Dear Mr. Man,
It is your 4th birthday today. Right now you are downstairs with your Papa and grandparents wearing the crown of paper people of all the colors of the rainbow that your friends at school made for you. You also have on the T-Rex button with a blue ribbon that I got for you yesterday and your Spiderman shirt. Today, and every day, you are my superhero.
I am upstairs holding your sister as she naps. Otherwise I would be downstairs with you experiencing this instead of documenting it. Though, as you well know by now, I am an observer, a documenter. And my challenge in life is to be present as many moments as I can be because I live most of my time inside my own head. Nothing has made me realize this and the importance of showing up and truly living in the moment like being your mother.
You and I have a different relationship than most mothers and young children. You find more comfort with your dad. This realization seared me at first. Aren’t young children supposed to love their mothers most? Aren’t mothers supposed to be everything to their little ones? Aren’t kids supposed to wait to separate until later in life? Well, as I have learned, each child and each parent-child bond is unique.
We had a rough go at first – you and me. Breastfeeding didn’t work, you had colic, I had never been unsuccessful at something I had really tried at before, my work environment was terrible, and we lost our closest friends at the time (don’t worry, they’re still alive). It was a perfect a storm of a challenge that left me depressed and even more stuck in my own head than usual. Your father is far from perfect, as you will realize a little later, but I watched the two of you closely to see what the magic trick was, to see where the spark came from. Your dad shows up every day, every moment. He is not composing novels in his brain or overanalyzing an interaction that happened two days prior. He isn’t nearly as sensitive and so he doesn’t get caught up in the minutiae of each little moment.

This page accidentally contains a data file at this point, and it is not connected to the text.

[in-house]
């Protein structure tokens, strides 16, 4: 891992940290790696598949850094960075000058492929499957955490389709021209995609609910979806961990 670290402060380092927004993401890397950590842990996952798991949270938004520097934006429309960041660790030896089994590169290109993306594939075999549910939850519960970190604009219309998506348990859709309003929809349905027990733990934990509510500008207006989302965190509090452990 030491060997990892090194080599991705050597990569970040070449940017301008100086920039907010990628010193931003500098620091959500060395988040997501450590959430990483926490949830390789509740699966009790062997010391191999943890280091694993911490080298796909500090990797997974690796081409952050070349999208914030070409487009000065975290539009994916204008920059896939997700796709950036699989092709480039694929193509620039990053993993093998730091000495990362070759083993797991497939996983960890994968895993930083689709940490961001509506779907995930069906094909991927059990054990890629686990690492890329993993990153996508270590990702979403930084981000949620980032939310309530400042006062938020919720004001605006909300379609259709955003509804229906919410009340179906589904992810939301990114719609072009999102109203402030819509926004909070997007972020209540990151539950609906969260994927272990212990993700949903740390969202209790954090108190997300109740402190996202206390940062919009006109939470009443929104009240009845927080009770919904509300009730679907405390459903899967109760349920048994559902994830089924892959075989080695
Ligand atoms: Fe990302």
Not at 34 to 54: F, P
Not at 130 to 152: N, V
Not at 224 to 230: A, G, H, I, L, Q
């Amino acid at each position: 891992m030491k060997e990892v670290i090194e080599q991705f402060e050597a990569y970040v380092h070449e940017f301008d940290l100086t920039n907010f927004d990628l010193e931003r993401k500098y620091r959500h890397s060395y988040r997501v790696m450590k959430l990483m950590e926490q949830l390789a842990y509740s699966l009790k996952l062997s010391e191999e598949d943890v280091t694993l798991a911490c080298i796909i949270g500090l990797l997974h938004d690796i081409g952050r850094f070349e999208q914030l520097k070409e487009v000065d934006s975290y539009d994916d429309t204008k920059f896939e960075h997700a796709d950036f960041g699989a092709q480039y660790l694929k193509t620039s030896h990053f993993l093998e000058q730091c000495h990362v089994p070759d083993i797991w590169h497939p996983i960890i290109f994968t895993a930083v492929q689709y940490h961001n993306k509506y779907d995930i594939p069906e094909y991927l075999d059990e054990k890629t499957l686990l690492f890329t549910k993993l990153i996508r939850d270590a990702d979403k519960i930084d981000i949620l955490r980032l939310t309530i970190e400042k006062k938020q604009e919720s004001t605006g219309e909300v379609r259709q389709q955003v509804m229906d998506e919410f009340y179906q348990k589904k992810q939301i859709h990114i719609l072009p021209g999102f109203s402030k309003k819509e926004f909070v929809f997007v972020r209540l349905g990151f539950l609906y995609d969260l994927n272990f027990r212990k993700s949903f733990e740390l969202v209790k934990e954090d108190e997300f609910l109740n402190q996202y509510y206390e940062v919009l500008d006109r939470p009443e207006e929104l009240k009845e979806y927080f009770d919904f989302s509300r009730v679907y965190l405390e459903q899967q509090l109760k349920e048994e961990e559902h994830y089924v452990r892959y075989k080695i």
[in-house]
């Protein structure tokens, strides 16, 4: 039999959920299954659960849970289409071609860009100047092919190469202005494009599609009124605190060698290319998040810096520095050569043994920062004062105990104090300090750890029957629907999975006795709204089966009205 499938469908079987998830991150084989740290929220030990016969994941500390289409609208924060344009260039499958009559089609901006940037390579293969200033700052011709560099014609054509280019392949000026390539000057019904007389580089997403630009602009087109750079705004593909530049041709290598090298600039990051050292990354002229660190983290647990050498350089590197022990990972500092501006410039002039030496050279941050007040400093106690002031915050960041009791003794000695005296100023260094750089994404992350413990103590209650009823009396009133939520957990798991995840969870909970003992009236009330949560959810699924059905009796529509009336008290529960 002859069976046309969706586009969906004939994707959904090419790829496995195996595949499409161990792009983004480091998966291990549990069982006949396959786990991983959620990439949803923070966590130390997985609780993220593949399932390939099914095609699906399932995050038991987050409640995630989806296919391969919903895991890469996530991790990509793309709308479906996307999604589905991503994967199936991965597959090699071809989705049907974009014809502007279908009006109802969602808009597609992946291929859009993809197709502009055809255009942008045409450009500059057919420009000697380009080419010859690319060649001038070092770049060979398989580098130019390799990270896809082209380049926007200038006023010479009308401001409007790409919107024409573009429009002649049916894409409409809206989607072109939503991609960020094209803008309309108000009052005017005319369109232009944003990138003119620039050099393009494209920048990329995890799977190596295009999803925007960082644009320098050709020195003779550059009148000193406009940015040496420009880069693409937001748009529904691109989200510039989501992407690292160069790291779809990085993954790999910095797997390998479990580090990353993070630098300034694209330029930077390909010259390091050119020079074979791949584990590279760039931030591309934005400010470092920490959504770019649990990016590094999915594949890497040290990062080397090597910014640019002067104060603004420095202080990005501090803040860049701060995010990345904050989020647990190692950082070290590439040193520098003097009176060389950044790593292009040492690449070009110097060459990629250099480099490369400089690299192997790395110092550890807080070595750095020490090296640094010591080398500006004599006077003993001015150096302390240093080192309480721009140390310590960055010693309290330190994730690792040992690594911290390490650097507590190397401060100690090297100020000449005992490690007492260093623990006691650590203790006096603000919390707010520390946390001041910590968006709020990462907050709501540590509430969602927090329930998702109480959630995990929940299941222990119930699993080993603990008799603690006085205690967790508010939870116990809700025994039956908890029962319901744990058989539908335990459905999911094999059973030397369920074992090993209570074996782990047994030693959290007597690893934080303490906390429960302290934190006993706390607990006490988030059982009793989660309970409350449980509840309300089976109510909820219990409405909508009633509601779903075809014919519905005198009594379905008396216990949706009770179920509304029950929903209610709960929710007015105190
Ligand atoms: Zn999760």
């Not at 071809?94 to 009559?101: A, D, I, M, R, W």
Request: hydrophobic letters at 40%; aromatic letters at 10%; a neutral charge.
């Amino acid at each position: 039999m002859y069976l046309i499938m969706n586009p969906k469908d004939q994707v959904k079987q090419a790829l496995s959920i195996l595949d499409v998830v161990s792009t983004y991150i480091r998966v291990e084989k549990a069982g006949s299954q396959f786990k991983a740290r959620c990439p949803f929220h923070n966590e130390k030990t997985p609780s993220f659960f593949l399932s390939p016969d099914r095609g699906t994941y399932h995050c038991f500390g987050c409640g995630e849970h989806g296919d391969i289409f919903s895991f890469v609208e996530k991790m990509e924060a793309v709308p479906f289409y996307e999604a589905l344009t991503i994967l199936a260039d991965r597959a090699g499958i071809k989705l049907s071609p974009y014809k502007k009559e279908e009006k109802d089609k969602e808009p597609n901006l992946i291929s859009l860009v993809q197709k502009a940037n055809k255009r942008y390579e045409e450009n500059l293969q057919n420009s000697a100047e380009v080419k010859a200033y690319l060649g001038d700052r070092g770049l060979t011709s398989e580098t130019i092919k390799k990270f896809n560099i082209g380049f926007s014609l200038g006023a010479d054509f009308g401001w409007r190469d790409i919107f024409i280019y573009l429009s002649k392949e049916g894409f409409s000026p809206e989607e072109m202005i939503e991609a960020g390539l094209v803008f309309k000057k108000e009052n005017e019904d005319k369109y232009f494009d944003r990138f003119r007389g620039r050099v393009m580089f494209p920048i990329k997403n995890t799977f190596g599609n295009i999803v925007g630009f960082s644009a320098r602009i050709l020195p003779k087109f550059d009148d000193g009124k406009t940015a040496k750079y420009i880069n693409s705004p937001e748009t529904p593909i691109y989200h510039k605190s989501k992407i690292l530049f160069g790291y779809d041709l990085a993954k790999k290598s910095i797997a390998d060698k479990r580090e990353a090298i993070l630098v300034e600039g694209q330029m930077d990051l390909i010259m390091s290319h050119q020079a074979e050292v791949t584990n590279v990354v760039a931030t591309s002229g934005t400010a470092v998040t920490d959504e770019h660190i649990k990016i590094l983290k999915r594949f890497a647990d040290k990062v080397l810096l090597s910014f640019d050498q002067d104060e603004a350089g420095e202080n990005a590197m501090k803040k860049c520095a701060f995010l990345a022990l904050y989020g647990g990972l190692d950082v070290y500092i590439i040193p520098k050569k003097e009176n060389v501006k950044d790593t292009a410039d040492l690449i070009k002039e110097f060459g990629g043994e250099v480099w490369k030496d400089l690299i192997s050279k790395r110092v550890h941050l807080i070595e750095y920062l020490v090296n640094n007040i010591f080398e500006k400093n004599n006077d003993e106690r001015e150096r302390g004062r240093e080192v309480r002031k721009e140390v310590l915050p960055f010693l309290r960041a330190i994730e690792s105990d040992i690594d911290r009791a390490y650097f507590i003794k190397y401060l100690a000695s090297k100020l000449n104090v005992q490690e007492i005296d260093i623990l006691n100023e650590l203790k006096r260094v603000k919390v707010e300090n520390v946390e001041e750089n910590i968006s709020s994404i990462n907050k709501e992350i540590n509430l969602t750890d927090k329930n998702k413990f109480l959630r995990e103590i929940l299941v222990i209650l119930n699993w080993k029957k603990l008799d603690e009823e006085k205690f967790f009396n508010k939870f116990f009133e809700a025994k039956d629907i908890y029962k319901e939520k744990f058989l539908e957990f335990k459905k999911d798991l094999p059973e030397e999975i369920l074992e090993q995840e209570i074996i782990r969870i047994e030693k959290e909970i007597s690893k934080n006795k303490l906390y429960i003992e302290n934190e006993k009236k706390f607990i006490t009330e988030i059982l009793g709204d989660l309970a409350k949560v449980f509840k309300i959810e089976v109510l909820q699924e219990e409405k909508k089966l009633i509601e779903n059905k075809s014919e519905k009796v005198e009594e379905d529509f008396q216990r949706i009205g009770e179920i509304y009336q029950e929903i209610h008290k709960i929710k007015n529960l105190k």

I returned to meditation and over time was able to develop a presence that I wish had naturally been there. You will see that nearly every single one of the 2000+ photos taken during your first two years were taken by me. I was always there physically, but I spent so much time documenting, so much time worrying about this or that, so much time at a distance, that I understand why your attachment is stronger with your father.
That’s not to say that you and I haven’t had our beautiful moments. We have had tons. And, truthfully, when the chips are down, as your dad likes to say, you want mama. I have slept in your bed or on your floor as many – or more – nights as I have slept in my own. I can remember being 8 months pregnant, squished into that twin size bed with you, you putting your arms around my neck after you had a bad dream and snuggling your head in under my chin. Just a couple of days ago, you and your dad came home from preschool and you ran from the car straight into me, almost knocking me and the baby over, shouting, “Mama!” There is a galaxy of love between us.